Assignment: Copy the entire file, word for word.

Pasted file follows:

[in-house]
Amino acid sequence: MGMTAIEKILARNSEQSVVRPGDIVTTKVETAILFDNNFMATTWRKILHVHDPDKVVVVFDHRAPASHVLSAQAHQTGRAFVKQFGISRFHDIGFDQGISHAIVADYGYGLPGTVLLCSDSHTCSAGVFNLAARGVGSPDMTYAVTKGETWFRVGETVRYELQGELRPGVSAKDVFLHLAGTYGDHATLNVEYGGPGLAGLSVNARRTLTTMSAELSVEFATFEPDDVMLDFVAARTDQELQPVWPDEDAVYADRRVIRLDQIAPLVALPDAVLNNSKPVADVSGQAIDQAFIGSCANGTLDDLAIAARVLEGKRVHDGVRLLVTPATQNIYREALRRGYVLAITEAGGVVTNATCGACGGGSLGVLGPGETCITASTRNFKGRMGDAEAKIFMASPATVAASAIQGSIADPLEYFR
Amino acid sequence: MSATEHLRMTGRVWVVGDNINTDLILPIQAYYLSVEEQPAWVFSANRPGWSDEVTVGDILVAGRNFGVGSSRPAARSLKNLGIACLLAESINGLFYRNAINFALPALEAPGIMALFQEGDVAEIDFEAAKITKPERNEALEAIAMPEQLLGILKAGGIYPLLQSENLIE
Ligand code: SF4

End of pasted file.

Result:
[in-house]
Amino acid sequence: MGMTAIEKILARNSEQSVVRPGDIVTTKVETAILFDNNFMATTWRKILHVHDPDKVVVVFDHRAPASHVLSAQAHQTGRAFVKQFGISRFHDIGFDQGISHAIVADYGYGLPGTVLLCSDSHTCSAGVFNLAARGVGSPDMTYAVTKGETWFRVGETVRYELQGELRPGVSAKDVFLHLAGTYGDHATLNVEYGGPGLAGLSVNARRTLTTMSAELSVEFATFEPDDVMLDFVAARTDQELQPVWPDEDAVYADRRVIRLDQIAPLVALPDAVLNNSKPVADVSGQAIDQAFIGSCANGTLDDLAIAARVLEGKRVHDGVRLLVTPATQNIYREALRRGYVLAITEAGGVVTNATCGACGGGSLGVLGPGETCITASTRNFKGRMGDAEAKIFMASPATVAASAIQGSIADPLEYFR
Amino acid sequence: MSATEHLRMTGRVWVVGDNINTDLILPIQAYYLSVEEQPAWVFSANRPGWSDEVTVGDILVAGRNFGVGSSRPAARSLKNLGIACLLAESINGLFYRNAINFALPALEAPGIMALFQEGDVAEIDFEAAKITKPERNEALEAIAMPEQLLGILKAGGIYPLLQSENLIE
Ligand code: SF4